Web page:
Mr. Twenty-Something is obviously in pain. His face is contorted and his right shoulder doesn’t look like his left. He’s wearing a tank top, and the complex and colorful tattoos across his upper torso don’t conceal the deformity of the top of his right arm. Where the left shoulder had the expected dome of muscle extending from the edge of his collarbone, his right one is flat. Grimacing, he clutches his right hand to his body to prevent it from moving even a millimeter.
As a gray-bearded emergency doctor, I recognize an anterior shoulder dislocation—while rushing past the open curtain on my way to see a 74-year-old woman with severe abdominal pain. It doesn’t take any longer than that; I have seen dislocations so many times by now.
I used to love the mystery and intrigue of a challenging diagnosis. I thought it was thrilling to order X-rays and tests and use complicated maneuvers to arrive at the truth of what was ailing my patients. Not anymore. I am running my whole shift. I don’t have time to play House. At the county hospital in Salinas, California, that sort of self-gratification is a rare luxury. We are busy tonight; it is always busy. Very busy. There are 20 patients waiting to be seen; crying babies in the hallway; prisoners surrounded by guards to my right; and a sweet, little old lady to my left who I know has kidney cancer. She does not know yet. Neither does her frail little husband sitting nervously at her bedside. His eyes are flitting around the mayhem, not given privacy by a flimsy, open curtain. I will tell them when I get a chance.
Monterey County is a microcosm of the United States in 2015. You have on the coast Tiffany & Co. jewels, Pebble Beach, movie stars, and Rolls-Royces. There are services, order, and plenty. In Salinas, we have open-air drug markets, mass homelessness, multiple families living in tiny abodes, scabies, mentally ill people running into the street, and children who threaten and swear at their protectors and authorities.
But we also have young parents literally breaking their backs stooped over in the fields working to improve their children’s lives. Community workers come into our emergency department in the middle of the night to counsel gunshot victims and show them the way to a better life. We have law enforcement officers risking their lives to protect the weak and innocent. We have agricultural leaders donating huge amounts of money for medical equipment rather than taking that money as profit. We have EMS workers running non-stop for 12 or 24 hours to save the lives of people who spit, vomit, and urinate on them (and sometimes take swings at them). We have fire fighters running into fires and toxic spills to haul out people they never met and who will never know their names. And we have young men with dislocated shoulders giving up their emergency department waiting-room chairs to pregnant women with small children.
Salinas is a crucible. We have the best and the worst of human experience. The heat and pressure generated by the poverty, deprivation, conflict, and abandonment separate the gold of human kindness from the filth of human evil, making each clearly visible.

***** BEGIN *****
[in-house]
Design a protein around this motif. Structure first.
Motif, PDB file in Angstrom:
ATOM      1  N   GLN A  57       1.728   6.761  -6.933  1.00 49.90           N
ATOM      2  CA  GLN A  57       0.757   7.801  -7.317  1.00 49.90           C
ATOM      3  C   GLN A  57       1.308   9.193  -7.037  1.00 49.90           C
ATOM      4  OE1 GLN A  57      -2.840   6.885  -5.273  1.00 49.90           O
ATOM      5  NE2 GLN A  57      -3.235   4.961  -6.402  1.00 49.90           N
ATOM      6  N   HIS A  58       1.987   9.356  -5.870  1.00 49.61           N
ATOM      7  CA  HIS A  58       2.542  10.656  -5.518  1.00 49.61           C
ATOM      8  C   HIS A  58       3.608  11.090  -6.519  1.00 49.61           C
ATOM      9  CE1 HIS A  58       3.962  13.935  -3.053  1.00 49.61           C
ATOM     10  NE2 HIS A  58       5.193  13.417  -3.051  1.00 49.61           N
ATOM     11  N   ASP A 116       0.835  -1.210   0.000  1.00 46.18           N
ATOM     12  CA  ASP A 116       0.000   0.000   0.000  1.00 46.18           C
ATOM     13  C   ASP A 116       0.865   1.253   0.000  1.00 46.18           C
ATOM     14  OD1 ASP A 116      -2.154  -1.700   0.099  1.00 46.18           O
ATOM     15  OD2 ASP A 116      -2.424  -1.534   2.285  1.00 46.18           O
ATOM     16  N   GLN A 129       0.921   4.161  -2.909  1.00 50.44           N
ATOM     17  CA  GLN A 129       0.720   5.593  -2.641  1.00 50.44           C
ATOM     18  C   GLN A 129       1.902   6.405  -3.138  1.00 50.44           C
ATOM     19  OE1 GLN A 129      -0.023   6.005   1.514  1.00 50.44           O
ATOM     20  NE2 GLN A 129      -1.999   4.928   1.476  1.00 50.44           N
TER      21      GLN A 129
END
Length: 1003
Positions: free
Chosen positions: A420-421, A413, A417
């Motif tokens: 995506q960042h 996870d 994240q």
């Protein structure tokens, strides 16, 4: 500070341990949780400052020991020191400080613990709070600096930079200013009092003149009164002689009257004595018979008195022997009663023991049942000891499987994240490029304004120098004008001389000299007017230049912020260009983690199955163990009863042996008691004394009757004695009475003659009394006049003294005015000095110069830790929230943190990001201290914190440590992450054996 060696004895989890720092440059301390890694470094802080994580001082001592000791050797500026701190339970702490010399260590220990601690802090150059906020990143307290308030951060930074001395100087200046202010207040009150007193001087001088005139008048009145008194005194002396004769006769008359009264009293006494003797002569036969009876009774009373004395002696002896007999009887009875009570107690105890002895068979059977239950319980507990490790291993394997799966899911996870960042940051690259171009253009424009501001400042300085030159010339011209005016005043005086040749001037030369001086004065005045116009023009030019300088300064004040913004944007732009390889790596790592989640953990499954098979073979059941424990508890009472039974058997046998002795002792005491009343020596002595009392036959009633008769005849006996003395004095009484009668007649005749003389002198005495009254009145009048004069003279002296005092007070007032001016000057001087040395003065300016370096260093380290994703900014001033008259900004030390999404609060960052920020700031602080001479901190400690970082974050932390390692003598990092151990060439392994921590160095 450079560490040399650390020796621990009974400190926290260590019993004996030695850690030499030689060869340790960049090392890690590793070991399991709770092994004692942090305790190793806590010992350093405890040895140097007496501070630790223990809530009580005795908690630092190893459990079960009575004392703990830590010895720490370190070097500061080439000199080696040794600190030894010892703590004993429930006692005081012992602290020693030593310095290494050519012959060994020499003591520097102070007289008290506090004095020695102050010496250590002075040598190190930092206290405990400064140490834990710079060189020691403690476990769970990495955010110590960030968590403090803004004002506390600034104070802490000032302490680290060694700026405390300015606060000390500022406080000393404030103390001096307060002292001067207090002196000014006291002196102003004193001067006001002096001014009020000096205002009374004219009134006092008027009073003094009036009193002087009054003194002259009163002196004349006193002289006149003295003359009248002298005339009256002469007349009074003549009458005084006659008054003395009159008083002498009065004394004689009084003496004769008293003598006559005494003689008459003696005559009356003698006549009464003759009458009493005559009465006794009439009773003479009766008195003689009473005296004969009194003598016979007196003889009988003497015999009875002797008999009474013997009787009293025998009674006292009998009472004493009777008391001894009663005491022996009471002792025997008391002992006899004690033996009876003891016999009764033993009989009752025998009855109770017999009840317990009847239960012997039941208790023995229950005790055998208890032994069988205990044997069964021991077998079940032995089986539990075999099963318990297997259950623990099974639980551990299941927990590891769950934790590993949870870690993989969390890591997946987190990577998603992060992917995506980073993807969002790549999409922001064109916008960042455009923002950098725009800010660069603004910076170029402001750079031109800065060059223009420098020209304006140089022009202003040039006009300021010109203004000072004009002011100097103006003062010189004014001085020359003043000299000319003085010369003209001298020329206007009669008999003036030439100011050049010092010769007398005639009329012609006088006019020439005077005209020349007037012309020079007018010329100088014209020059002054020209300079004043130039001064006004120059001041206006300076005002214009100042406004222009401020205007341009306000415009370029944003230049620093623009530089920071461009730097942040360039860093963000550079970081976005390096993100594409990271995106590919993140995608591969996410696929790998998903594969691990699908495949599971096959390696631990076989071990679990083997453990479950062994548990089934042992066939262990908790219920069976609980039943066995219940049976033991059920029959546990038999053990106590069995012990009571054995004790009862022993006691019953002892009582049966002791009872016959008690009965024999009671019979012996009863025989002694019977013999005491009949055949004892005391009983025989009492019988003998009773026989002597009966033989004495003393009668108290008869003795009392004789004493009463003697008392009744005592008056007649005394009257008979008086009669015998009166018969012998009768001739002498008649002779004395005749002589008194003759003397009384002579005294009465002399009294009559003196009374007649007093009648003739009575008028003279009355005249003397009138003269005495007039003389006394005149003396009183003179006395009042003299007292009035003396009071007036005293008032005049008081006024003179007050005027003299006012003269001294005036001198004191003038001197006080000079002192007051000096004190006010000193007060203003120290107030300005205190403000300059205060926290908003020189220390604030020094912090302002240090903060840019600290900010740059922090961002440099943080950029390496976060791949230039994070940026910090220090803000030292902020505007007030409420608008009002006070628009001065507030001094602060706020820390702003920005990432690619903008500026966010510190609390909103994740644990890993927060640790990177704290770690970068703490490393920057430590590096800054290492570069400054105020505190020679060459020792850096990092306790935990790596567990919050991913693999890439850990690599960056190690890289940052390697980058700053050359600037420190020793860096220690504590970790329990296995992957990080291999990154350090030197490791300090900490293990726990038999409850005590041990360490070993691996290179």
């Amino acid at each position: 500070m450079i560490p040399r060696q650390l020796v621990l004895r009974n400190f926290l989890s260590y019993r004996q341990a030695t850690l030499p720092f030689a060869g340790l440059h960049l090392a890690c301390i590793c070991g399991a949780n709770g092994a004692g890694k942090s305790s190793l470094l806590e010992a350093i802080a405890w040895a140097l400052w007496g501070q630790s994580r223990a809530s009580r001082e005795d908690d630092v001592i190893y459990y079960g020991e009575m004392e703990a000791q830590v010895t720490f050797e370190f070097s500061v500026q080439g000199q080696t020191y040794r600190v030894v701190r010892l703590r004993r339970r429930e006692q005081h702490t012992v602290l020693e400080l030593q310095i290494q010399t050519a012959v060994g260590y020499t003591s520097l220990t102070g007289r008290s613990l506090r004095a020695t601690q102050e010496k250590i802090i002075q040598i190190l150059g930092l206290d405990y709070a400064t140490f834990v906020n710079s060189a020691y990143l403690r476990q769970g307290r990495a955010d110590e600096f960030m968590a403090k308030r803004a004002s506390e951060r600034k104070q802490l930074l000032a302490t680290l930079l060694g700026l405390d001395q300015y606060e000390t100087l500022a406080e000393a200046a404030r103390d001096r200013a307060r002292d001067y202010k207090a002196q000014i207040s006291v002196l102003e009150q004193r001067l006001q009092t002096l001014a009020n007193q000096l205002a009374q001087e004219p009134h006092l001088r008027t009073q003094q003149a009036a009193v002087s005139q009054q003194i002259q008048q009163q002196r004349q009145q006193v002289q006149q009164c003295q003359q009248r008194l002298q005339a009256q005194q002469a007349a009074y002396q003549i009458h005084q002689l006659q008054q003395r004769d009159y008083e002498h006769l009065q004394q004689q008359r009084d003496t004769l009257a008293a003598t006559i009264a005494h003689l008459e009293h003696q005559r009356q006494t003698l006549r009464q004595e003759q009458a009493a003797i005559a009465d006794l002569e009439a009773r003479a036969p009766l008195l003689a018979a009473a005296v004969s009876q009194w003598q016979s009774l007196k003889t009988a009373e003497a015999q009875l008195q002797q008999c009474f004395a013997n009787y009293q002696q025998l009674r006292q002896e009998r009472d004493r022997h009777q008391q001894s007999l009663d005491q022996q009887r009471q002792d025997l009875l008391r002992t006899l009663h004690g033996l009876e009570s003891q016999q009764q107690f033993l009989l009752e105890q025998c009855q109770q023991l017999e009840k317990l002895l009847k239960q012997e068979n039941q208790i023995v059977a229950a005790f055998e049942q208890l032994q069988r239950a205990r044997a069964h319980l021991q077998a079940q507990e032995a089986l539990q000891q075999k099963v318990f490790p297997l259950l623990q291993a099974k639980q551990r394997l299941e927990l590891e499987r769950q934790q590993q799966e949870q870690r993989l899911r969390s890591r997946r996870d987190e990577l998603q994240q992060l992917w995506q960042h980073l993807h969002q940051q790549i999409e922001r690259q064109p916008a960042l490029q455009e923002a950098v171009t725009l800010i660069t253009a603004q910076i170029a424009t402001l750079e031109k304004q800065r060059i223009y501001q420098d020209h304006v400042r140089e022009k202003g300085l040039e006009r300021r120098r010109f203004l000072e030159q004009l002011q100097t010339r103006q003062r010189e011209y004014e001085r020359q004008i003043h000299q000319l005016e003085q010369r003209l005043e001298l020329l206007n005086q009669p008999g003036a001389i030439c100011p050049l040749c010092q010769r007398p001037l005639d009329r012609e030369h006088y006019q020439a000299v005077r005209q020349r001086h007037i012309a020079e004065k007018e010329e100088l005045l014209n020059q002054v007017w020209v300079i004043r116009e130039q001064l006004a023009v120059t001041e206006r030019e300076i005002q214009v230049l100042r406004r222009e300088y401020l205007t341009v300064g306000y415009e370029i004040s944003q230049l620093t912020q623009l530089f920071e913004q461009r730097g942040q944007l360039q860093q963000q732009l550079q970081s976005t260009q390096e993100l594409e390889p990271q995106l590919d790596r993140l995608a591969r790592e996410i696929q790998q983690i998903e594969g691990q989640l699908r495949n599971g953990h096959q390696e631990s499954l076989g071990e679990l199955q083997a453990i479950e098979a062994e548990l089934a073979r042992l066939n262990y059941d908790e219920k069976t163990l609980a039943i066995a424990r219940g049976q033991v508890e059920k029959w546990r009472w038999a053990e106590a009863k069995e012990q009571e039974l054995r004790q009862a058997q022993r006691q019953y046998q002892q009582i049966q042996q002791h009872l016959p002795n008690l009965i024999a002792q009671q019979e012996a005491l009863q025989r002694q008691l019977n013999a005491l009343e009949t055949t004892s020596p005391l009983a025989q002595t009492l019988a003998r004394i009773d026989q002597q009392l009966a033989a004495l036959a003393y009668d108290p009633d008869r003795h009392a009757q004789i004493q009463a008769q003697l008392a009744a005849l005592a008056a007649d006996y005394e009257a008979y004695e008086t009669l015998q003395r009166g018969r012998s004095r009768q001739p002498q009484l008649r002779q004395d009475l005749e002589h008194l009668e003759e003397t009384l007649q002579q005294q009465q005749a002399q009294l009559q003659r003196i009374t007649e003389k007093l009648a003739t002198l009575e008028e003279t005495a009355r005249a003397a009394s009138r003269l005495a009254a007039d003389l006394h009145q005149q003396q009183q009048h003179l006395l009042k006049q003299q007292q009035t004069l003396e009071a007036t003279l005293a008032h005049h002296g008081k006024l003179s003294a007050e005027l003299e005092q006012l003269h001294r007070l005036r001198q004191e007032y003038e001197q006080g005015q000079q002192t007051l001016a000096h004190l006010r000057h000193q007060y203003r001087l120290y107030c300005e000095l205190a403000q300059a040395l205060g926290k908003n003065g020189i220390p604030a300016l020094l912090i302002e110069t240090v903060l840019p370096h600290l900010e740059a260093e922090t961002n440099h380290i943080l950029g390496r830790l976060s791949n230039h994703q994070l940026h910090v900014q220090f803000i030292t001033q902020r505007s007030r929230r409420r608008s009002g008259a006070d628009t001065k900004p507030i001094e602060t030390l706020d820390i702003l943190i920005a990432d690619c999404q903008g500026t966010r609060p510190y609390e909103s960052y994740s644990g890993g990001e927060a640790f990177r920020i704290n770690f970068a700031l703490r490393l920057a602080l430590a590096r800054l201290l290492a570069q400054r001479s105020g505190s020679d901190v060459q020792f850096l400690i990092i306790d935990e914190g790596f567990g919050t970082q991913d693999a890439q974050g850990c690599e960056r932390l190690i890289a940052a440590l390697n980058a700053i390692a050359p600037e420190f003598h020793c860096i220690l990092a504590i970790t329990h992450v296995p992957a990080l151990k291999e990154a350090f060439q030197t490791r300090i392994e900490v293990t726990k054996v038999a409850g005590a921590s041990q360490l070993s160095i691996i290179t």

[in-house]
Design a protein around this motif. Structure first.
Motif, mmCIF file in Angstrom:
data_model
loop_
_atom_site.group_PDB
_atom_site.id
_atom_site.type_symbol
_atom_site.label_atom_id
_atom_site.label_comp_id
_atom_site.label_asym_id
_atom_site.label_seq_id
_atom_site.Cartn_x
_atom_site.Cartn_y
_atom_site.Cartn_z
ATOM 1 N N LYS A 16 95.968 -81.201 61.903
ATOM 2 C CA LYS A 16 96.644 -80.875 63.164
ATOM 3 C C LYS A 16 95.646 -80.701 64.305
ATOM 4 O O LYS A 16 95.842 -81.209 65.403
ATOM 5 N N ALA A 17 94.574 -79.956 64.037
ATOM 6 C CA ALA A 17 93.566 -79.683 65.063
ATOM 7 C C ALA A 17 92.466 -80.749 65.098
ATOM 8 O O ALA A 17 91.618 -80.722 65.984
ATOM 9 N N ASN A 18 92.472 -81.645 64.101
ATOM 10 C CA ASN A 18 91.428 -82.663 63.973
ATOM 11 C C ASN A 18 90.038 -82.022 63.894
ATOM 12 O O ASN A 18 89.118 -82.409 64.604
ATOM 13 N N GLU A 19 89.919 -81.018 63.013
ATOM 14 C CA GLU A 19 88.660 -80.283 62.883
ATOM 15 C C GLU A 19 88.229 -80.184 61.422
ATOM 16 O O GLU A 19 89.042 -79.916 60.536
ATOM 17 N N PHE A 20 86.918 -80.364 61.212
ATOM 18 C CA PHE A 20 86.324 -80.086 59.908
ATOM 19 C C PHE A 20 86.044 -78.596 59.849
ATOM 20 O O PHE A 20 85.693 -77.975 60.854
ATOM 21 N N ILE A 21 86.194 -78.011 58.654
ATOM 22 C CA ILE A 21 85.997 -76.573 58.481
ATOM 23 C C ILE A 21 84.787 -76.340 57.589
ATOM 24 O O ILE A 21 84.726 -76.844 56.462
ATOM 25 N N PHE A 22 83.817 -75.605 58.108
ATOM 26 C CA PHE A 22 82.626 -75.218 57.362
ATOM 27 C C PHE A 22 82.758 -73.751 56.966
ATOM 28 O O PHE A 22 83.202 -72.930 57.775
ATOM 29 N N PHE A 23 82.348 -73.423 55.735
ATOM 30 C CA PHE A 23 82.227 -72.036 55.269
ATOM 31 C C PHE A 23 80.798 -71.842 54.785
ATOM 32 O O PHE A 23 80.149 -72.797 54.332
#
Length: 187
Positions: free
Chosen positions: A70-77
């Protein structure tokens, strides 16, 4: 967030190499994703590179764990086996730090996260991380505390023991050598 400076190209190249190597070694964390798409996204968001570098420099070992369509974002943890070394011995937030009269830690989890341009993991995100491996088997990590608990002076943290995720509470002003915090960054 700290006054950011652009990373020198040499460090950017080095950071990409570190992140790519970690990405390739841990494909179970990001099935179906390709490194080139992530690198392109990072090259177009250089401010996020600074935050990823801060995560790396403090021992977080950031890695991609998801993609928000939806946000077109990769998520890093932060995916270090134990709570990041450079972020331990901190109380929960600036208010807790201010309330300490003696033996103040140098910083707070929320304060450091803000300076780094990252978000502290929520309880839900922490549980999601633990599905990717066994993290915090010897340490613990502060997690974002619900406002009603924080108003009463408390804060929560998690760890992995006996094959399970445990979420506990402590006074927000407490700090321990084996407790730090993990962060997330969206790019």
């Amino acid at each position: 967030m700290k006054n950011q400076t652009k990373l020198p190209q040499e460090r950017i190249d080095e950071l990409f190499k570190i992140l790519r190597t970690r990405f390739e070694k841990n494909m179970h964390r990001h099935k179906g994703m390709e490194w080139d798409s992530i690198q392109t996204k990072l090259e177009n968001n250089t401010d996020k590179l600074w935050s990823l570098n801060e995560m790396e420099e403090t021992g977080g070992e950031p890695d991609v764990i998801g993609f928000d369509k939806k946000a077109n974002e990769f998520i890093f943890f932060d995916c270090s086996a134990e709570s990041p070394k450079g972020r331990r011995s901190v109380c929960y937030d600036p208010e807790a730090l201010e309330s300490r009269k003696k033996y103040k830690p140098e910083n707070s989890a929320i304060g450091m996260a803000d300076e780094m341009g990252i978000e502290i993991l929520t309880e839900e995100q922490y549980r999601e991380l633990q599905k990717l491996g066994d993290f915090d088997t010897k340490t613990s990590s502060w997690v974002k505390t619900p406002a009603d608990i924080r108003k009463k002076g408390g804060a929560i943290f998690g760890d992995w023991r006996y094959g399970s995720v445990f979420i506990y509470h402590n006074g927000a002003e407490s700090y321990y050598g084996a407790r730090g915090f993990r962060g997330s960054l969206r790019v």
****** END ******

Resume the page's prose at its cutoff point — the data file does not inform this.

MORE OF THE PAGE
To work in the emergency department in Salinas is to watch all the behaviors, the pure metal and the dirty dross, swirl around each other.
So, I really needed to get to this dude’s shoulder. He has a shot of pain medicine in him now, but he’s still in a world of hurt. The quick and easy way to get the arm bone back into the shoulder joint doesn’t work. I write all the orders to get him sedated, fold up sheets to wrap around him to provide traction and counter-traction to his shoulder, and get him hooked up to the monitor. My awesome nurse and respiratory therapist are standing by. Showtime …
Then an announcement blares out of the loudspeaker: “CODE TRAUMA—Emergency Department—Room 7. CODE TRAUMA—Emergency Department—Room 7.” Damn! Sorry, shoulder guy. Gotta go.
As we scramble to pull on plastic gowns, shoe covers, face shields, and gloves, we hear from another nurse, “ETA 5 minutes. Twenty-something male, motor vehicle crash, 100 miles-per-hour, ejected from open convertible, no seatbelt, unresponsive, EMS trying to get vital signs.” Gulp. Minutes later I am placing a breathing tube down the man’s throat when we here from the overhead again, “CODE TRAUMA—Emergency Department —Room 6. CODE TRAUMA—Emergency Department—Room 6.” And from the nurse, “It’s the driver from the same wreck. ETA 3 minutes.”
It is a Sunday evening in Salinas. The orange glow from the ambulance bay doors down the hall suggests another beautiful Pacific sunset. The other emergency doctor on duty with me has just been told by his methamphetamine-and-alcohol-intoxicated patient that he and his family will be murdered. I get back to the shoulder guy’s little slot. His is next to the little old lady now, everyone having been shuffled around to make room and order from chaos. She and her husband know about the kidney mass now. He stares blankly at the floor. She flashes me a little smile as I dash past.
I say to Mr. Twenty-Something, “Sir, I am so sorry that you have had to wait so long!”
He gives me a pained smile as he says, “That’s okay doc, I know those guys needed you more.”